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Former military officer lashes out at reports that his company's hardware could be used for spying

China's Huawei Technologies Comp. (SHE:002502performed well in 2012, posting major growth, particularly in the smartphone sector.  But the company suffered a major black mark during the year -- scrutiny by U.S. regulators over security concerns.  Huawei was accused of funneling telecommunications equipment illegally to Iran.  And while an investigation vindicated Huawei of spying accusations, it did suggest that the Chinese government could leverage its relationship with Huawei as a spying route in the future.

Now Huawei's founder and CEO, Ren Zhengfei, 68, is speaking out angrily about the accusations, breaking the wall of silence that surrounded him since the allegations were made last year.  Mr. Ren, a former officer in China's People's Liberation Army (PLA), has avoided media interviews for years.  Instead he would only communicate via posts to his company's website, only occasionally appearing publicly at economic forums and other non-company events.

But in his first major press appearance in Huawei history, he spoke with reporters this week in New Zealand.  On the prospect of a U.S. ban on Huawei smartphone and router sales, he comments, "Huawei has no connection to the cyber-security issues the U.S. has encountered in the past, current and future.  Huawei equipment is almost non-existent in networks currently running in the U.S. We have never sold any key equipment to major U.S. carriers, nor have we sold any equipment to any U.S. government agency."

Ren Zhengfei
Ren Zhengfei, former PLA officer and current Huawei CEO at a 2012 economics summit in St. Petersburg, Russia. [Image Source: Reuters]

He's right -- there is no Huawei equipment on U.S. government networks ... because it is banned.

The international community remains divided on the issue of Huawei and security, amid record levels of Chinese digital spying.  Canada and Australia joined the U.S. in banning Huawei's telecommunications equipment from government networks. 

However, Britain recently offered up a dissenting take when its government security experts declared Huawei fully vetted and capable of bidding on government contracts.  And Mr. Ren's comments came in New Zealand at a press event for its new 4G LTE and ultra-fast broadband networks contracts in the nation.

Huawei router
Huawei's routers are reportedly riddled with security holes -- some of which some analyst claim are deliberate back doors. [Image Source: The Hacker News]
 
Huawei is currently the world's second largest telecommunications equipment maker and fifth largest smartphone maker.  The 26-year old company is estimated to be worth $35B USD.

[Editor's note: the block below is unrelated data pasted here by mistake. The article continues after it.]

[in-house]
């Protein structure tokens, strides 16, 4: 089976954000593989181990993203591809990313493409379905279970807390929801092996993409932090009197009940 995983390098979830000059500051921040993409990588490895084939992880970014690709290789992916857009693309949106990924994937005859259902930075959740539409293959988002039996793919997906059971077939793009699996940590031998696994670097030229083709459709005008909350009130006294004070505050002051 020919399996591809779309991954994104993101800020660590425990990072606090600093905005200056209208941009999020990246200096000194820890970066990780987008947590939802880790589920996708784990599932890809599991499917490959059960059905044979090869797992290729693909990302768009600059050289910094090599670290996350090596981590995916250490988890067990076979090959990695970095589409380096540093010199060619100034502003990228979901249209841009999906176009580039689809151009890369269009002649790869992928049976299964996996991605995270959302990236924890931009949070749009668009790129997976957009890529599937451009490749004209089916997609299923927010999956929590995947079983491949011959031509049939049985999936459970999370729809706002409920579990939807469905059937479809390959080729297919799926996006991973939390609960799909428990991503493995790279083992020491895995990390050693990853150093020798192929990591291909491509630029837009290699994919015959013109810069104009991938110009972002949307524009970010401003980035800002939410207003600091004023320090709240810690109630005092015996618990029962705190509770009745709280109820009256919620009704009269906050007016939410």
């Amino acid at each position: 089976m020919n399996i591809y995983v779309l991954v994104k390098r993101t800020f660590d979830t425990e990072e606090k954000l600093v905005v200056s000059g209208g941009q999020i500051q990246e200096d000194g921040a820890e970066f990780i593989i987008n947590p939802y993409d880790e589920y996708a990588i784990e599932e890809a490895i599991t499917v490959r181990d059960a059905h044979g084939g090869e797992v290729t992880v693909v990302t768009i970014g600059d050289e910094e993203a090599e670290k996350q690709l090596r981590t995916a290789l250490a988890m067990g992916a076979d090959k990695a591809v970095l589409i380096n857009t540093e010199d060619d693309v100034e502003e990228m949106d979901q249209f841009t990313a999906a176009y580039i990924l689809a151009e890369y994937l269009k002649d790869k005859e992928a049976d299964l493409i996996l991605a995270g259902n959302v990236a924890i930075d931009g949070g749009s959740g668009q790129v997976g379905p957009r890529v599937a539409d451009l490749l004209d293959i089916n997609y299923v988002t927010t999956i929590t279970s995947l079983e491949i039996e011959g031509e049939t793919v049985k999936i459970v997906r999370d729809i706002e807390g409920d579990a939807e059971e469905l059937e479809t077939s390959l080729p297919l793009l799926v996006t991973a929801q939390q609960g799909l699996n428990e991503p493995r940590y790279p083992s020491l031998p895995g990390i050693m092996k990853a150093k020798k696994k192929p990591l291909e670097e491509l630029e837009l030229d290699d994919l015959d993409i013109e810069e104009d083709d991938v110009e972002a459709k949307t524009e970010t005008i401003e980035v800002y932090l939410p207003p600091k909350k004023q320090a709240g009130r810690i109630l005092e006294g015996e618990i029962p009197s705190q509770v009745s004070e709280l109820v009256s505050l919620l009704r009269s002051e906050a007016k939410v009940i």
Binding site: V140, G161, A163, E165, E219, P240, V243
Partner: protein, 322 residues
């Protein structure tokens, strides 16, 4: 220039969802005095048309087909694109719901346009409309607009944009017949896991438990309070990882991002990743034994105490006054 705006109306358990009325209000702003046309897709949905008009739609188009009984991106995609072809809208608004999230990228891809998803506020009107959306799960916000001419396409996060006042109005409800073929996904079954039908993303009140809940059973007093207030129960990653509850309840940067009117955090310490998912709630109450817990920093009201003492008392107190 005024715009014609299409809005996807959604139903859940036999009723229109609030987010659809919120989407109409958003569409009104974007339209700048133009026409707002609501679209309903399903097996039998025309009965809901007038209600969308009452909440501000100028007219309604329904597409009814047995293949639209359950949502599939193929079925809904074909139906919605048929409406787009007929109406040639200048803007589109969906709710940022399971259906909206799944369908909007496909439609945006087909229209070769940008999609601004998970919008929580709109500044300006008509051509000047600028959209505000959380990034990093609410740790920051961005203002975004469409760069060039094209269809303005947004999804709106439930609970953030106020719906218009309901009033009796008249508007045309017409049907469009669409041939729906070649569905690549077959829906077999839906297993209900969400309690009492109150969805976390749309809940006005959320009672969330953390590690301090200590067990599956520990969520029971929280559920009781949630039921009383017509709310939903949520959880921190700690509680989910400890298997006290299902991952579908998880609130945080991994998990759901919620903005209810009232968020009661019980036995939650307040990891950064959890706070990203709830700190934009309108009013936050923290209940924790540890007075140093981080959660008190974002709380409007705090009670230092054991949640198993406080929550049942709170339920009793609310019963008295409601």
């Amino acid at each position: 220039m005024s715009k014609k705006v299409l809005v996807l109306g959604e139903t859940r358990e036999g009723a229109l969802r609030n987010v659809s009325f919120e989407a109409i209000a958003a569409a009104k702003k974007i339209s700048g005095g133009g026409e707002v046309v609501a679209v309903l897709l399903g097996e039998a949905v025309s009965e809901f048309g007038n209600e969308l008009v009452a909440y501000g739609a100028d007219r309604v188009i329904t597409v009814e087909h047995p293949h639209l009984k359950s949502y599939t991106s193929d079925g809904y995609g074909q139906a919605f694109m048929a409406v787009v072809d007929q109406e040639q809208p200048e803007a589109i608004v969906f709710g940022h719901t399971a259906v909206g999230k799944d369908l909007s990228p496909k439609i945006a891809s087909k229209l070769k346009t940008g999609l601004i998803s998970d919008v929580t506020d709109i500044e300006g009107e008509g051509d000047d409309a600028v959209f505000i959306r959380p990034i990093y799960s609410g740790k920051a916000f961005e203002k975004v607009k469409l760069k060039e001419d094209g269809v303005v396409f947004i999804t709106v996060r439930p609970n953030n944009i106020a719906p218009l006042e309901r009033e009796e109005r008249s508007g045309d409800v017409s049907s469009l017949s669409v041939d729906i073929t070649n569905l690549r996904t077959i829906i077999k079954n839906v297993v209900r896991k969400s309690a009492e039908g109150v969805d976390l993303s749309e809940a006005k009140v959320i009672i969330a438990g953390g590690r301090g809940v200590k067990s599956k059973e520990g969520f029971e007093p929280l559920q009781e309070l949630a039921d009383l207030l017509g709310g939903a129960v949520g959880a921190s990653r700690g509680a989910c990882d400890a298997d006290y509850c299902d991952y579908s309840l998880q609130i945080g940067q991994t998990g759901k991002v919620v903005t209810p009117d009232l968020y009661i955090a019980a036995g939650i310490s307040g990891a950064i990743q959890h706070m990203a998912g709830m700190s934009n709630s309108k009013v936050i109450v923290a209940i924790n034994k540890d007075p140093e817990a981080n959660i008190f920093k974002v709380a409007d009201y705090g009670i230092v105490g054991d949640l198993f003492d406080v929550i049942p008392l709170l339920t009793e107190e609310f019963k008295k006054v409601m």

Source: AP on Yahoo! News



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So then why did you murder Shane Todd?
By thesafetyisoff on 5/9/2013 5:53:22 PM , Rating: 1
Still waiting to hear from the FBI on that.




RE: So then why did you murder Shane Todd?
By Rukkian on 5/10/2013 9:40:50 AM , Rating: 2
WTF does this have to do with this article?


RE: So then why did you murder Shane Todd?
By kleinma on 5/10/2013 10:00:57 AM , Rating: 2
He worked for Huawei until he got nervous that what he was developing was a threat to US security. Then he was dead.


By thesafetyisoff on 5/12/2013 1:40:45 AM , Rating: 2
Thank you. Who knew that needed an explanation?


will never trust them
By sixteenornumber on 5/10/2013 5:53:45 AM , Rating: 4
Following them for the last couple years I don't think I can trust them ever again.




so what ?
By KOOLTIME on 5/10/2013 12:55:03 PM , Rating: 2
No so called real SPY/hacker would ever use some off the shelf hardware from any country at all regardless of maker in the 1st place.

They would never use a pre-made item, other then to take some parts and mod them, themselves so its undetectable, aka no mac address and other such things like the normal equipment has.




RE: so what ?
By fteoath64 on 5/11/2013 5:46:57 AM , Rating: 2
The implied security threat is not the originator site per se. But the intermediate site routers that can be used as attach vectors and/or disguise as origin points to mask the real identity of the hacker. The TOR network is a good example of a true anonimizer where origin points cannot be tracked. Using an intermediate equipment or server has been a key method for smart hackers to launch their attacks or snoops. It itself acts as a server on the network with multiple network ports and capabilities to spoof Ip addresses or poof them to oblivion.


Yea...
By kypd275 on 5/9/2013 7:48:51 PM , Rating: 3
I'm sure those "Nigerian Princes" that always seems to be sending out emails to people to shower them with mysterious magical money also insists they're legit too :p




Circuit boards are scary
By ShaolinSoccer on 5/9/2013 8:10:20 PM , Rating: 2
No country has the man-power to check every single circuit board for illegal activity. That being said, we DO have the power to check packets. The problem is WHEN to check them. This sounds like a losing battle.




What else can he say?
By bug77 on 5/10/2013 6:10:47 AM , Rating: 2
The Spanish conquistadors presented themselves as friends, too, when they crossed the ocean. Hitler was a great friend of Stalin. And so on.




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